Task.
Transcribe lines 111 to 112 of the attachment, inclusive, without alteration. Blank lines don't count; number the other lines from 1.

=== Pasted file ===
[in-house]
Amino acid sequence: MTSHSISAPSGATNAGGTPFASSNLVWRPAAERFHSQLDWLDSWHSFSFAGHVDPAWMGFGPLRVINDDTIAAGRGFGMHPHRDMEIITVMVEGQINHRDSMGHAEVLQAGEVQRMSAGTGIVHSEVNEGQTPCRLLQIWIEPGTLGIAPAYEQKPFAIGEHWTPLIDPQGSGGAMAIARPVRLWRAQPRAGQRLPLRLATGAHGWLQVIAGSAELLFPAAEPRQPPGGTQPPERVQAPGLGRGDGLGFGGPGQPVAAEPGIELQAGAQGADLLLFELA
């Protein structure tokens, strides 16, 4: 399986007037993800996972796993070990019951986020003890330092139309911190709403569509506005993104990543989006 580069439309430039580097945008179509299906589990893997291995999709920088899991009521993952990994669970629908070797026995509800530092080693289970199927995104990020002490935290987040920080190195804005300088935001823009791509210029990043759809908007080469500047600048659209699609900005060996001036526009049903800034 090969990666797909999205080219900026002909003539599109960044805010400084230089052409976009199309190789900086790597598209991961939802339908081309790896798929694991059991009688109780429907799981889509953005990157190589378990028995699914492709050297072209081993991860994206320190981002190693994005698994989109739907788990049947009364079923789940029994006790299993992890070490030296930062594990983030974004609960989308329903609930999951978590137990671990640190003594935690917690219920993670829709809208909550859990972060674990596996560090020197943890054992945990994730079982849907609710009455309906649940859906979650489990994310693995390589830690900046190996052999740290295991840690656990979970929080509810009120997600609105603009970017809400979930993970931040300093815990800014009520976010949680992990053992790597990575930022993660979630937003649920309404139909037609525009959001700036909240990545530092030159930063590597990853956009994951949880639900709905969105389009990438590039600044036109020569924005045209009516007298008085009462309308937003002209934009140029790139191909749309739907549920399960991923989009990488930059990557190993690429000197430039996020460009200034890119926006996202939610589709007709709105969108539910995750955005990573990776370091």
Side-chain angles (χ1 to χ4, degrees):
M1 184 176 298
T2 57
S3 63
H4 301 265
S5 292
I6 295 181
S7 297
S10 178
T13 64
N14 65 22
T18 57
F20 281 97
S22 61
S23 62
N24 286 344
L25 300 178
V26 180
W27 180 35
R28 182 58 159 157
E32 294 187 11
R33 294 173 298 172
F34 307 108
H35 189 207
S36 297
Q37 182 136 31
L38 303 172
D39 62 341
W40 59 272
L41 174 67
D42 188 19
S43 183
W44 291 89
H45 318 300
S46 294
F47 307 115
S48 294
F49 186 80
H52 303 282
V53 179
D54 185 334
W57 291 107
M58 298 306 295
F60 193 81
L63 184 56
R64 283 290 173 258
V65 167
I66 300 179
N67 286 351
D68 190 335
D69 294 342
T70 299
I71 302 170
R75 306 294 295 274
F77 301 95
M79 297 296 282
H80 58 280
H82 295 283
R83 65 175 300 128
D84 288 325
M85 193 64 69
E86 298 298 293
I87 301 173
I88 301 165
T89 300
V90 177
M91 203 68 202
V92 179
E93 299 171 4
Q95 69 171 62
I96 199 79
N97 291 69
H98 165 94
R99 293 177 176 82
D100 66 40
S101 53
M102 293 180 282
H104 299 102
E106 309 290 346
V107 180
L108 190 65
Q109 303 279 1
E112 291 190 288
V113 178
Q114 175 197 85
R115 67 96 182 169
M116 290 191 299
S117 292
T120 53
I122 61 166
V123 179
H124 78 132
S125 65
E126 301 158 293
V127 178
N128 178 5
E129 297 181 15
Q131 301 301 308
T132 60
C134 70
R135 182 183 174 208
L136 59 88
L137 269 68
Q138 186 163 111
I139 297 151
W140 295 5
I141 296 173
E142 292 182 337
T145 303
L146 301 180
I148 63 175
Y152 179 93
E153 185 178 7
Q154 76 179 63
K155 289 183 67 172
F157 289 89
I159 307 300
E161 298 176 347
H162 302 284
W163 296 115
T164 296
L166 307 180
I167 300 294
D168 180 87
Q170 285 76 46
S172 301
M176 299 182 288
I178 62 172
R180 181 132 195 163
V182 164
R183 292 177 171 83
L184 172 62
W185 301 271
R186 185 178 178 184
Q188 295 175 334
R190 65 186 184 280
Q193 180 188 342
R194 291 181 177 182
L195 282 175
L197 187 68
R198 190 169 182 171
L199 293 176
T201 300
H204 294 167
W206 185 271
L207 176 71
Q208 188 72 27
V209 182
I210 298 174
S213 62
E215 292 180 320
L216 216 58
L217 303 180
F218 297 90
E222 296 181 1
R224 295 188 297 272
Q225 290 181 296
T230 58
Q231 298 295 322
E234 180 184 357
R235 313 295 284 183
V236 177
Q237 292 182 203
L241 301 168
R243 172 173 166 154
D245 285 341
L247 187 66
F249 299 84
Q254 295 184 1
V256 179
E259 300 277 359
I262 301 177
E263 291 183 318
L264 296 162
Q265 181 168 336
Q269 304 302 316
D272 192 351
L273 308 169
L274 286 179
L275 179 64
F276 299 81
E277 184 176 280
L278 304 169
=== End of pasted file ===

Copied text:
E142 292 182 337
T145 303